UK share markets have reversed on Friday as fears about a no-deal Brexit have exploded. Even the internationally diverse FTSE 100 index has slumped as news flow from London and Brussels has disappointed market makers.
British Prime Minister Boris Johnson took to the airwaves last night to laud the benefits of an ‘Australia-style’ deal (a no-deal Brexit in all but name). European Commission President Ursula von der Leyen has reportedly informed EU leaders of a “higher probability for no deal than deal” in recent hours, too. It seems as if the ground is being prepped for a messy divorce.
All this could prove to be bluster on both sides as negotiations come down to the wire. Regardless, UK share pickers need to seriously consider how to invest their cash should a no-deal Brexit indeed occur.
Lloyds shares fall again
Britain’s banks are leading the FTSE 100 lower in end-of-week trading. NatWest Group is the worst-performing of these shares on Friday and down more than 6% as we virtually go to print. Barclays is 3.3% lower, while the Lloyds share price has reversed in excess of 4% from Thursday’s close.
It’s no surprise that these particular UK shares have tanked as signs of a Hard Brexit grow. Lloyds and NatWest source all but a fraction of profits directly from these shores. Okay, Barclays has exposure to the US to fall back on. But is still highly geared to the fortunes of the British economy.
All three FTSE 100 stocks face a miserable time if British and EU negotiators fail to avert a cliff-edge exit on 1 January, then. The boffins at KPMG reckon UK GDP will rise just 4.4% in 2021 if a no-deal Brexit transpires. This compares with a rise of 10.1% were the UK and EU to maintain existing trade links.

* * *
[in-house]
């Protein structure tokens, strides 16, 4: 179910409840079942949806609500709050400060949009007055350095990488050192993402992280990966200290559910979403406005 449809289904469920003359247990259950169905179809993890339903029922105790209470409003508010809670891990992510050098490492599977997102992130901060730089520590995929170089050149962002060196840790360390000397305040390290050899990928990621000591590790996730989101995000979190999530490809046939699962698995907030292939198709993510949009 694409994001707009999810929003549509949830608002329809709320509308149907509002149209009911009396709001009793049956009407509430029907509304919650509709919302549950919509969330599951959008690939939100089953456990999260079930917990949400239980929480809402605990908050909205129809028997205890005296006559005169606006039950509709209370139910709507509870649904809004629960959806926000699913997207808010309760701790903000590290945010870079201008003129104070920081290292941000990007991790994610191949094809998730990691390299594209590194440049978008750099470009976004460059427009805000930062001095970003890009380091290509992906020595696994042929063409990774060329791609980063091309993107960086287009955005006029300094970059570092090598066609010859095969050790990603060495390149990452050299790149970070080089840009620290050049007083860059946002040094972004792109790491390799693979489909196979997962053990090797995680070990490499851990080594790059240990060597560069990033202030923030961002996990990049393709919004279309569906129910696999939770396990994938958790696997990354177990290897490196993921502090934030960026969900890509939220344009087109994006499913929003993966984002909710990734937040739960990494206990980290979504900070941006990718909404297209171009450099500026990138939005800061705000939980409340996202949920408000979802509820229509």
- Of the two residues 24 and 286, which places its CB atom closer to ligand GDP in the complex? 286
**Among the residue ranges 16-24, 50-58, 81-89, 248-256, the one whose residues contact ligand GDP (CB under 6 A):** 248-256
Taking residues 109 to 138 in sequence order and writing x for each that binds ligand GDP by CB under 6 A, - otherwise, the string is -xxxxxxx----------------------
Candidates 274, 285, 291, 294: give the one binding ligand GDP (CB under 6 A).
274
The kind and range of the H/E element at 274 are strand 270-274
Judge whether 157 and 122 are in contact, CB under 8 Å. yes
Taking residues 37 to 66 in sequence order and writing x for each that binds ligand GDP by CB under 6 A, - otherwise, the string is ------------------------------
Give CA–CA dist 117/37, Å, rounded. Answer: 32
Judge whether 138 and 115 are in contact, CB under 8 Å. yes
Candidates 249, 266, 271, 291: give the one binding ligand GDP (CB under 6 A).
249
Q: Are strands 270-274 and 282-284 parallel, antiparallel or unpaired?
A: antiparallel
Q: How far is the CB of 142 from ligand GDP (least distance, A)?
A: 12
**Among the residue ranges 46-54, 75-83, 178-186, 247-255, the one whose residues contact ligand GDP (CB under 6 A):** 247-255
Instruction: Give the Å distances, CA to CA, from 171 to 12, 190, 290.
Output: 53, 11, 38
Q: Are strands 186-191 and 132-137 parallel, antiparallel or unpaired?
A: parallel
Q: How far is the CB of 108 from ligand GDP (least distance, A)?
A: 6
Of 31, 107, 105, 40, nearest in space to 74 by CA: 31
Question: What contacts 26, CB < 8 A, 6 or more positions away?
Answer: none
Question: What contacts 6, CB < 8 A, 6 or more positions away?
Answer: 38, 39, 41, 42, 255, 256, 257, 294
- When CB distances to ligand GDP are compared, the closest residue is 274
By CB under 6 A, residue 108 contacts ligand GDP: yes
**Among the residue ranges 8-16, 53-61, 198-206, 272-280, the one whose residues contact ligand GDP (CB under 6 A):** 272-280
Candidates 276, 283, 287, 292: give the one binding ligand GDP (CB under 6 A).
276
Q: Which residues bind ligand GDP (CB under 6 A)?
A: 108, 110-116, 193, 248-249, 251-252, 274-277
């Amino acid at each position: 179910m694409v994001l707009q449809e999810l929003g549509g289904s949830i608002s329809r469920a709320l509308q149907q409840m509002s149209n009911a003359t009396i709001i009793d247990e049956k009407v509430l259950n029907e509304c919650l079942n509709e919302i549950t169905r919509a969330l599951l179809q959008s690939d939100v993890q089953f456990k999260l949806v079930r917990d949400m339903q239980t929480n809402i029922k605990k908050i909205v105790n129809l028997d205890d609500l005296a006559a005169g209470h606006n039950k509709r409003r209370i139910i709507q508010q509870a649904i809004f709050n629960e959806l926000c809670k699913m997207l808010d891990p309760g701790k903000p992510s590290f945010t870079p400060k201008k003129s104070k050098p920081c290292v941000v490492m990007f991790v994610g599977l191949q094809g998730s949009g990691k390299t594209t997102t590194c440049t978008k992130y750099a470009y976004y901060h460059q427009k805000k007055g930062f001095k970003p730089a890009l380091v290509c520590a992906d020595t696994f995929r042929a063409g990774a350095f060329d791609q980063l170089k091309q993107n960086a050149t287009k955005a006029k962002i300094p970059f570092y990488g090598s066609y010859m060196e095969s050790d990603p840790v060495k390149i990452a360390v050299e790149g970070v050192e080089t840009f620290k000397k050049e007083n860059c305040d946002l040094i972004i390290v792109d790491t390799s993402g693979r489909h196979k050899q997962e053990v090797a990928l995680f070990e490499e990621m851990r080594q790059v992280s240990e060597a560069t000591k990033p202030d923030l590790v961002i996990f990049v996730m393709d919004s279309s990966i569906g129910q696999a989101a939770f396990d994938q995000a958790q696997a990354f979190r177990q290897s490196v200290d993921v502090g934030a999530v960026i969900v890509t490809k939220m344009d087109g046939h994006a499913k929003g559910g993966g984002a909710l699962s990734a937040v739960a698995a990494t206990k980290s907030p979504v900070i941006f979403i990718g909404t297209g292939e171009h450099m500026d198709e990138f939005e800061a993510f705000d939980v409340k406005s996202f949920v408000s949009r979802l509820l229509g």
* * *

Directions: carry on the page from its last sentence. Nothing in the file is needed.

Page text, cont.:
An economically painful Brexit is the last thing cyclical UK shares like Lloyds need given that a straightforward recovery from Covid-19 in 2021 isn’t exactly nailed down, either. And like the coronavirus, Brexit threatens to create significant economic trouble for Britain’s banks that could persist for years to come.
Sticking with other UK shares
A knock-on effect of a damaging Brexit is that the Bank of England will probably need to step in again to keep the economy on life support. Interest rates are already at record lows of 0.1% following fresh cuts in 2020. They might even dip into negative territory before too long, as major Bank of England policymakers have been publicly suggesting.
This provides another reason for Lloyds et al to worry. Low interest rates have taken a huge bite out of bank profits in the wake of the 2008–09 banking crisis. And things threaten to get worse on this front before they get better.
For these reasons I’m not tempted by the low Lloyds share price or those of its peers. Sure, Lloyds and Barclays trade on rock-bottom forward price-to-earnings ratios around 10 times. But these valuations reflect the colossal risks facing each of these FTSE 100 companies. I’d rather use my hard-earned cash to buy other UK shares today.
Royston Wild has no position in any of the shares mentioned. The Motley Fool UK has recommended Barclays and Lloyds Banking Group. Views expressed on the companies mentioned in this article are those of the writer and therefore may differ from the official recommendations we make in our subscription services such as Share Advisor, Hidden Winners and Pro. Here at The Motley Fool we believe that considering a diverse range of insights makes us better investors.